farmer February 24, 2011 at 10:32 am

re #1: refugees are more likely to be people of social capital, which means we ought to be more favourable towards them. All things being equal, a scientist *IS* preferable to an illiterate farmer as a person seeking immigration status. Thinking otherwise is crazy. Copts, as an example, are vastly more likely to have higher educational attainments, usable skills etc than "average" egyptians. It is crazy not to take that in mind when we select immigrants

Bill February 24, 2011 at 11:12 am

Hey, Bureaucrat, get a sense of humor.

And, don't get your shorts tied up in a knot either about this dilatory tactic.

Denying the absence of a quorum is the same thing as a filibuster. But, you probably didn't figure that out until now. You can be at your desk, in town, while members of your party filibuster under the US Senate rules

I don't like either.

So let's make a deal: no filibuster, only majority rule, no denying the absence of a quorum for a meeting whose agenda has been announced a day ahead.

Agreed?

If you don't agree, I would be glad to point out (1) your hypocrisy and (2) your partisanship.

Got a deal?

Bill February 24, 2011 at 12:07 pm

When you discuss refugees, I think you have to define terms first.

When we are talking about refugees, are we talking about stateless people–persons who would not be accepted in the state if they were to return, or are we talking about persons who would be accepted but do not like the society they would return to because their status has changed or, now that they are out, life is better on the other side.

Does time period matter–what if they left and now could return without retribution later.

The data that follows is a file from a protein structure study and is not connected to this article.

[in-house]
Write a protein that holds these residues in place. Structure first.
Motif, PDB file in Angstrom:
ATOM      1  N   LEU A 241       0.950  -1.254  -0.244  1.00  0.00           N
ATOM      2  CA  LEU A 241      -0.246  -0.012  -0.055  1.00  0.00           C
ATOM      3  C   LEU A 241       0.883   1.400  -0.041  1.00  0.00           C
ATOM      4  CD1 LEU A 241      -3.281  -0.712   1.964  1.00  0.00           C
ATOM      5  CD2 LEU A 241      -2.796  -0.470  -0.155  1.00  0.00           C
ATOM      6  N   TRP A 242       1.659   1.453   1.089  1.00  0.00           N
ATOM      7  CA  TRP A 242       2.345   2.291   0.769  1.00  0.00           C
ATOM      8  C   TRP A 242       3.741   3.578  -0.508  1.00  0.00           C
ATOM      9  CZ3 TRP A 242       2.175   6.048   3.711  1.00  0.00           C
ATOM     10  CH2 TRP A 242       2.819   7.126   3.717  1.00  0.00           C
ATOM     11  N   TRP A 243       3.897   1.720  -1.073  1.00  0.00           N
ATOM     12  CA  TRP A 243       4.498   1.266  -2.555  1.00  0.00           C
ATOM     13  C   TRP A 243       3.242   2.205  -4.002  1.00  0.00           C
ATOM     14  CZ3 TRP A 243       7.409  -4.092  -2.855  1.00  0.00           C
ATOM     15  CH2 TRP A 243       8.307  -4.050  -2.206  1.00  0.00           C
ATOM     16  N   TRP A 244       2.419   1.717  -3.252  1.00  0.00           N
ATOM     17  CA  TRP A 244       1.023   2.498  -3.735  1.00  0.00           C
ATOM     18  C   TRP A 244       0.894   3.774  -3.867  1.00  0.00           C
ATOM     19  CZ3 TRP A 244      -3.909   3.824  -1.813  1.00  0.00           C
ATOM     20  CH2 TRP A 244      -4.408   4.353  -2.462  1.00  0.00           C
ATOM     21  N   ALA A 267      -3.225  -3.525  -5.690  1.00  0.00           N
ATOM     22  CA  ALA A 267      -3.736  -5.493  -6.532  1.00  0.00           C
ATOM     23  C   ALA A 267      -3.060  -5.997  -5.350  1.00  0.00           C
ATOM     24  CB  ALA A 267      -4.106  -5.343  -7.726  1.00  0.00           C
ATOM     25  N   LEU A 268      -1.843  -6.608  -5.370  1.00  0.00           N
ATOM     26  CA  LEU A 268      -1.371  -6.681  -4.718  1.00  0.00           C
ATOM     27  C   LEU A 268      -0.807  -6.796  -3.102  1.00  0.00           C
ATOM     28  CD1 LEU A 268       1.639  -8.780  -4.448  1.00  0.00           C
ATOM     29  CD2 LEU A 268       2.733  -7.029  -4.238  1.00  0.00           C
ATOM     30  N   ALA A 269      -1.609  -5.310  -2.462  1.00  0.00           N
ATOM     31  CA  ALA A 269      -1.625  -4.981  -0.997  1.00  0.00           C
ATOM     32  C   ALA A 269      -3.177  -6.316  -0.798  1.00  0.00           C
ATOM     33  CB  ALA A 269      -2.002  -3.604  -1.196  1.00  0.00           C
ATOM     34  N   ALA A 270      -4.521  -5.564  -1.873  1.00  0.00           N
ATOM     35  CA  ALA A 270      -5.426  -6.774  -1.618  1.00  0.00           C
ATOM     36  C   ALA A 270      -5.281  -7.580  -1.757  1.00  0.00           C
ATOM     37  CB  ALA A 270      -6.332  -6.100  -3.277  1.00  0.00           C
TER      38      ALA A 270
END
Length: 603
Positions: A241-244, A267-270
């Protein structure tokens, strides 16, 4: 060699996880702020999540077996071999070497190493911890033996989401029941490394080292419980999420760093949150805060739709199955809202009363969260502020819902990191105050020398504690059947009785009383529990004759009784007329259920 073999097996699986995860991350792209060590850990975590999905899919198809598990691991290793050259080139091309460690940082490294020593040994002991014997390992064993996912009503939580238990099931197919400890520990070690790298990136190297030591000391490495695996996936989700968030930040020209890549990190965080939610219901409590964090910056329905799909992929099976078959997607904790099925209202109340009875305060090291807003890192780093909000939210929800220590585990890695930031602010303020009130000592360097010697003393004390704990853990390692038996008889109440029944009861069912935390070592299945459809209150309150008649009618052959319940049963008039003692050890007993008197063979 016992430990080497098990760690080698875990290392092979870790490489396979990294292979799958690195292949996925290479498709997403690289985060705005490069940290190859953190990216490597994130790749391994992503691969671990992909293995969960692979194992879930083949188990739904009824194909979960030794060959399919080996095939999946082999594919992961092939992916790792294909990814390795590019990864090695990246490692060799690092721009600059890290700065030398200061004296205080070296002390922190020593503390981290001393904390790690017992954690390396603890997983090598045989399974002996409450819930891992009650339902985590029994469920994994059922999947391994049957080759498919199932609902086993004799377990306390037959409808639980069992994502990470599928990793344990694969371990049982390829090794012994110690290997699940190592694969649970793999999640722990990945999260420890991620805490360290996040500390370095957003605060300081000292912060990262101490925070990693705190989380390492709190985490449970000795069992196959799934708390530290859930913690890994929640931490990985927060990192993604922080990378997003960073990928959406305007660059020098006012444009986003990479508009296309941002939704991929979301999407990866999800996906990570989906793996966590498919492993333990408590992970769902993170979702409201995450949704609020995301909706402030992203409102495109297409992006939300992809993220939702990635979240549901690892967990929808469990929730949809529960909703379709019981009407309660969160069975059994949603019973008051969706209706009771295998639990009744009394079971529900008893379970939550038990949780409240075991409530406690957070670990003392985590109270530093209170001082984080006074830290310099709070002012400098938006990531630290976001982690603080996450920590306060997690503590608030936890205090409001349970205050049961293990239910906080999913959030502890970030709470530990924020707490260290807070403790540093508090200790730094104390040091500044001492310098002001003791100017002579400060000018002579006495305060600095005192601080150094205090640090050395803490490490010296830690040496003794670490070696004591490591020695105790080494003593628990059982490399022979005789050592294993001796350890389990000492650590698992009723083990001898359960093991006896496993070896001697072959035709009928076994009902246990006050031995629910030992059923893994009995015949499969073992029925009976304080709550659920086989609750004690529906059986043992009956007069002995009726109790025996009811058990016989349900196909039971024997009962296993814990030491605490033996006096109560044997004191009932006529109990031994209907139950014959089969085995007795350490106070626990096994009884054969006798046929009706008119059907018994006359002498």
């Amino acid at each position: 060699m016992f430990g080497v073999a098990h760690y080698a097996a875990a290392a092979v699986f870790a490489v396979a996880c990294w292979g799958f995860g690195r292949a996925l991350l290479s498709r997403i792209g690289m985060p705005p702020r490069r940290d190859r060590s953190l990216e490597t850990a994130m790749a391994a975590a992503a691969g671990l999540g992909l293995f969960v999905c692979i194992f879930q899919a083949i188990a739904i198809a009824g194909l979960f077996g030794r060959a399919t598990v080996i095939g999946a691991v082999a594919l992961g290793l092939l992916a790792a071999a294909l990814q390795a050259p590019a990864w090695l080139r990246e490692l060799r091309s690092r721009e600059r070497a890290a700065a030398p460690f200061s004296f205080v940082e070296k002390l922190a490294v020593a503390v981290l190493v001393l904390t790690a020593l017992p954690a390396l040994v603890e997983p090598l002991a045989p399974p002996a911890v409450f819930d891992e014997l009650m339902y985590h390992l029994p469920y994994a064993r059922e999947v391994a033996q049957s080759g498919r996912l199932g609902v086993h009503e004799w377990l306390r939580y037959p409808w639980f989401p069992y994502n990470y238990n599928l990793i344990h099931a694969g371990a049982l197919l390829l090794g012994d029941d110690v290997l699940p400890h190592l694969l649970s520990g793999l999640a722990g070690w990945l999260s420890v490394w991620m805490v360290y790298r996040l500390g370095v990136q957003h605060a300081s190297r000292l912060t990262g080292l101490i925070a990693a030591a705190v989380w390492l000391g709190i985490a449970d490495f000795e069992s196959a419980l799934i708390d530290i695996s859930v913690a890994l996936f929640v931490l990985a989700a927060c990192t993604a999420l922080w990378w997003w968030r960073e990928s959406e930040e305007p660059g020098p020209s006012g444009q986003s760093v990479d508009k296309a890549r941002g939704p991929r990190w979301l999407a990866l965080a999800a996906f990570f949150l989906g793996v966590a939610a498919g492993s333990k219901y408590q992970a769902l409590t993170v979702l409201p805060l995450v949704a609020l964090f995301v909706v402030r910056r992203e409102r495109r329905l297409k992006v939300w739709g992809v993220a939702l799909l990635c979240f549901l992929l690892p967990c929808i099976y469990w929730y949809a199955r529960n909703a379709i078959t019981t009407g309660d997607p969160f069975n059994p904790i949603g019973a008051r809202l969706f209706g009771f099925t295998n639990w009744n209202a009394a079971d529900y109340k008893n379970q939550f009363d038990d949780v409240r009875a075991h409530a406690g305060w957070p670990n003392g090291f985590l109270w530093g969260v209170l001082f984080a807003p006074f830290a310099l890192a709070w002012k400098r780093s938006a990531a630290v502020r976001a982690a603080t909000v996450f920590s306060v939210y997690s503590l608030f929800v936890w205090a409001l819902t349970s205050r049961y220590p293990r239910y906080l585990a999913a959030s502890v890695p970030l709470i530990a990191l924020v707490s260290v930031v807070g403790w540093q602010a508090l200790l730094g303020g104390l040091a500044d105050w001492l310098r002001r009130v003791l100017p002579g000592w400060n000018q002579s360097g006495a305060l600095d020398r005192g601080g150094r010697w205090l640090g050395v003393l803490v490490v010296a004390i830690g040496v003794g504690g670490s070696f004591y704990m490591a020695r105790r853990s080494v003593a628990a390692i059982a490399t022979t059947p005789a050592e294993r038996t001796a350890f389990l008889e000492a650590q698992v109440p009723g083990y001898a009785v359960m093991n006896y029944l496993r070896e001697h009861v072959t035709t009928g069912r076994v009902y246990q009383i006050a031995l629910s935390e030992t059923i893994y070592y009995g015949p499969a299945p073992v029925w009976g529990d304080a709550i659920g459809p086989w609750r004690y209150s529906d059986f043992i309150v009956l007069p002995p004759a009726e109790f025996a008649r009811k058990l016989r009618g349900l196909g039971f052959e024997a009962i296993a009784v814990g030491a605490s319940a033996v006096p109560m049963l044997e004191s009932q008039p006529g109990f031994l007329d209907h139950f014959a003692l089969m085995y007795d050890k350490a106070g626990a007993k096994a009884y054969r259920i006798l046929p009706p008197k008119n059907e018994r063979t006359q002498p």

What if there were no retribution but their property had been confiscated or acquired by others in their absence, but they could still make a living back in their country.

Is there a community of persons like them in another country?

Some of these factors, I would think, guide the thinking on whether refugee camps are a solution (you should be able to go back later; your property may be confiscated, but you can be reassimilated)

Is refugee status permanent or conditional–for example, Cuban refugees, Vietnamese, Hmong.–are they still refugees.

Bureaucrat February 24, 2011 at 12:41 pm

Hey, Bill, I'll get a sense of humor when you get a clue.

Running to another state is NOT the same thing as filibuster, because you are still showing up for work if you filibuster. Apparently that's not allowed or they can't sustain a filibuster, because they took off like kids from a sandbox.

Nobody else gets to skip out of work and have a Kool-Aid drinking hacks say its legitimate parliamentary procedure. Let them be treated like anybody else going AWOL-A phone call to each and every one (from Donald Trump saying "you're fired") should be both an effective resolution and humorous enough for you.

Try pointing out your own partisanship and hypocrisy first, but only after you point out your lack of reason. This has nothing to do with party-I want people paid to do work-to show the hell up, just like I have to every morning, even when I disagree with what happening.

If s nurse leaves work, he/she can be charged with "abandonment". Do you think these clods should be better that the people they claim to represent or are you suffering from some cognitive defect?

Of course, if I was in the majority, I'd table the present matter and the schedule a vote on something they want-then with the provisions of the Wisconsin Constitution in hand, (which allows that august body to determine the punishment for being AWOL) determine that that should not be admitted to that chamber, their offices, or have access to any aspect of their office to for a period of time equal to the time they were AWOL and that quorum requirements are reduced for every person being disciplined for leave.

Of course, this is organized obstruction, perhaps it meets the legal definition of racketeering or corruption.. hmmm..

Bill February 24, 2011 at 1:22 pm